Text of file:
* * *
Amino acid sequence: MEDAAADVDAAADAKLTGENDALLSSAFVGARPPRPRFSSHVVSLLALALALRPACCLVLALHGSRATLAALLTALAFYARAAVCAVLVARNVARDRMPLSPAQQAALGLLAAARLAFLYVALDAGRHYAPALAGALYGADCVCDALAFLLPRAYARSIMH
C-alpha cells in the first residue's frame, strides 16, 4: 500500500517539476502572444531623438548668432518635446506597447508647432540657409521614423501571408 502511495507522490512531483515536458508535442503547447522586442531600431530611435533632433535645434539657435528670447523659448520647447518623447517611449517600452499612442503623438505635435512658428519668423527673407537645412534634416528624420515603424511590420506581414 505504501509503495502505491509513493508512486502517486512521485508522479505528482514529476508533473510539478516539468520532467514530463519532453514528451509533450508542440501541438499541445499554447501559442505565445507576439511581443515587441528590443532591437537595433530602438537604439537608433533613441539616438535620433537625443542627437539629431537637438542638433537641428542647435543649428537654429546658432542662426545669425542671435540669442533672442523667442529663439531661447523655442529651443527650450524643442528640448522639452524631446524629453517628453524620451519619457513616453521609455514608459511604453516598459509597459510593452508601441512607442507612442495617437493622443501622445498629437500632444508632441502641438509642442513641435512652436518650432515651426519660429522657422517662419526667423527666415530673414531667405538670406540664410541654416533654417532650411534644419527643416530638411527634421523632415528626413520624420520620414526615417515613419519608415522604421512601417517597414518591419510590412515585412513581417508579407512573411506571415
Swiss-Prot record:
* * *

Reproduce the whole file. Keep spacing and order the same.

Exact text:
Amino acid sequence: MEDAAADVDAAADAKLTGENDALLSSAFVGARPPRPRFSSHVVSLLALALALRPACCLVLALHGSRATLAALLTALAFYARAAVCAVLVARNVARDRMPLSPAQQAALGLLAAARLAFLYVALDAGRHYAPALAGALYGADCVCDALAFLLPRAYARSIMH
C-alpha cells in the first residue's frame, strides 16, 4: 500500500517539476502572444531623438548668432518635446506597447508647432540657409521614423501571408 502511495507522490512531483515536458508535442503547447522586442531600431530611435533632433535645434539657435528670447523659448520647447518623447517611449517600452499612442503623438505635435512658428519668423527673407537645412534634416528624420515603424511590420506581414 505504501509503495502505491509513493508512486502517486512521485508522479505528482514529476508533473510539478516539468520532467514530463519532453514528451509533450508542440501541438499541445499554447501559442505565445507576439511581443515587441528590443532591437537595433530602438537604439537608433533613441539616438535620433537625443542627437539629431537637438542638433537641428542647435543649428537654429546658432542662426545669425542671435540669442533672442523667442529663439531661447523655442529651443527650450524643442528640448522639452524631446524629453517628453524620451519619457513616453521609455514608459511604453516598459509597459510593452508601441512607442507612442495617437493622443501622445498629437500632444508632441502641438509642442513641435512652436518650432515651426519660429522657422517662419526667423527666415530673414531667405538670406540664410541654416533654417532650411534644419527643416530638411527634421523632415528626413520624420520620414526615417515613419519608415522604421512601417517597414518591419510590412515585412513581417508579407512573411506571415
Swiss-Prot record: